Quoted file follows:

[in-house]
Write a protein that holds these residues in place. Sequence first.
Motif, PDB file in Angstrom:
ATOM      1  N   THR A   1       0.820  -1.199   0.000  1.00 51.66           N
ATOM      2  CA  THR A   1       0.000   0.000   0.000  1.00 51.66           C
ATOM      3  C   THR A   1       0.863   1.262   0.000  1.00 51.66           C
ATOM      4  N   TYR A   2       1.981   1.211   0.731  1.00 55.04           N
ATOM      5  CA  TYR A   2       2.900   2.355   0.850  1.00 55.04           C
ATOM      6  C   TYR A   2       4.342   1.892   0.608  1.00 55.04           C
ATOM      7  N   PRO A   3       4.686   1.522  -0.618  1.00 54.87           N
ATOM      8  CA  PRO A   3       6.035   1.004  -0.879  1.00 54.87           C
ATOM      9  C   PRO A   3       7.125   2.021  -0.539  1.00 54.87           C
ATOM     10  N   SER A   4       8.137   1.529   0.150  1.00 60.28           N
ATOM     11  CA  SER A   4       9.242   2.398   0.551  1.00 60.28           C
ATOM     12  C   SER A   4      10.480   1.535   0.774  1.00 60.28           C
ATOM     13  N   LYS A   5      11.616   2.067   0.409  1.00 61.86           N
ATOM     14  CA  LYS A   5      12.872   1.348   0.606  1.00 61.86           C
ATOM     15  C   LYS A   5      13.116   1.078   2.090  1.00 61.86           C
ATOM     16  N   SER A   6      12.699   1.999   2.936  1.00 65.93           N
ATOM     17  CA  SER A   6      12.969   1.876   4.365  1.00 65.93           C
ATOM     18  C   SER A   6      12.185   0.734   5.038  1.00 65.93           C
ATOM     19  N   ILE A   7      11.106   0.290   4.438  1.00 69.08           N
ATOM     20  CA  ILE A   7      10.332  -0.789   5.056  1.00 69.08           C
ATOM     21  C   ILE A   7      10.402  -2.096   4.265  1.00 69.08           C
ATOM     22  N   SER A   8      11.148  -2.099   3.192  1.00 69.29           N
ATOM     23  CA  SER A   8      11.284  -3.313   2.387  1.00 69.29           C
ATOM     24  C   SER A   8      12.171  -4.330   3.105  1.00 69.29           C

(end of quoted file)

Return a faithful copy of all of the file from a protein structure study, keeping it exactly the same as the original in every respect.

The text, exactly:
[in-house]
Write a protein that holds these residues in place. Sequence first.
Motif, PDB file in Angstrom:
ATOM      1  N   THR A   1       0.820  -1.199   0.000  1.00 51.66           N
ATOM      2  CA  THR A   1       0.000   0.000   0.000  1.00 51.66           C
ATOM      3  C   THR A   1       0.863   1.262   0.000  1.00 51.66           C
ATOM      4  N   TYR A   2       1.981   1.211   0.731  1.00 55.04           N
ATOM      5  CA  TYR A   2       2.900   2.355   0.850  1.00 55.04           C
ATOM      6  C   TYR A   2       4.342   1.892   0.608  1.00 55.04           C
ATOM      7  N   PRO A   3       4.686   1.522  -0.618  1.00 54.87           N
ATOM      8  CA  PRO A   3       6.035   1.004  -0.879  1.00 54.87           C
ATOM      9  C   PRO A   3       7.125   2.021  -0.539  1.00 54.87           C
ATOM     10  N   SER A   4       8.137   1.529   0.150  1.00 60.28           N
ATOM     11  CA  SER A   4       9.242   2.398   0.551  1.00 60.28           C
ATOM     12  C   SER A   4      10.480   1.535   0.774  1.00 60.28           C
ATOM     13  N   LYS A   5      11.616   2.067   0.409  1.00 61.86           N
ATOM     14  CA  LYS A   5      12.872   1.348   0.606  1.00 61.86           C
ATOM     15  C   LYS A   5      13.116   1.078   2.090  1.00 61.86           C
ATOM     16  N   SER A   6      12.699   1.999   2.936  1.00 65.93           N
ATOM     17  CA  SER A   6      12.969   1.876   4.365  1.00 65.93           C
ATOM     18  C   SER A   6      12.185   0.734   5.038  1.00 65.93           C
ATOM     19  N   ILE A   7      11.106   0.290   4.438  1.00 69.08           N
ATOM     20  CA  ILE A   7      10.332  -0.789   5.056  1.00 69.08           C
ATOM     21  C   ILE A   7      10.402  -2.096   4.265  1.00 69.08           C
ATOM     22  N   SER A   8      11.148  -2.099   3.192  1.00 69.29           N
ATOM     23  CA  SER A   8      11.284  -3.313   2.387  1.00 69.29           C
ATOM     24  C   SER A   8      12.171  -4.330   3.105  1.00 69.29           C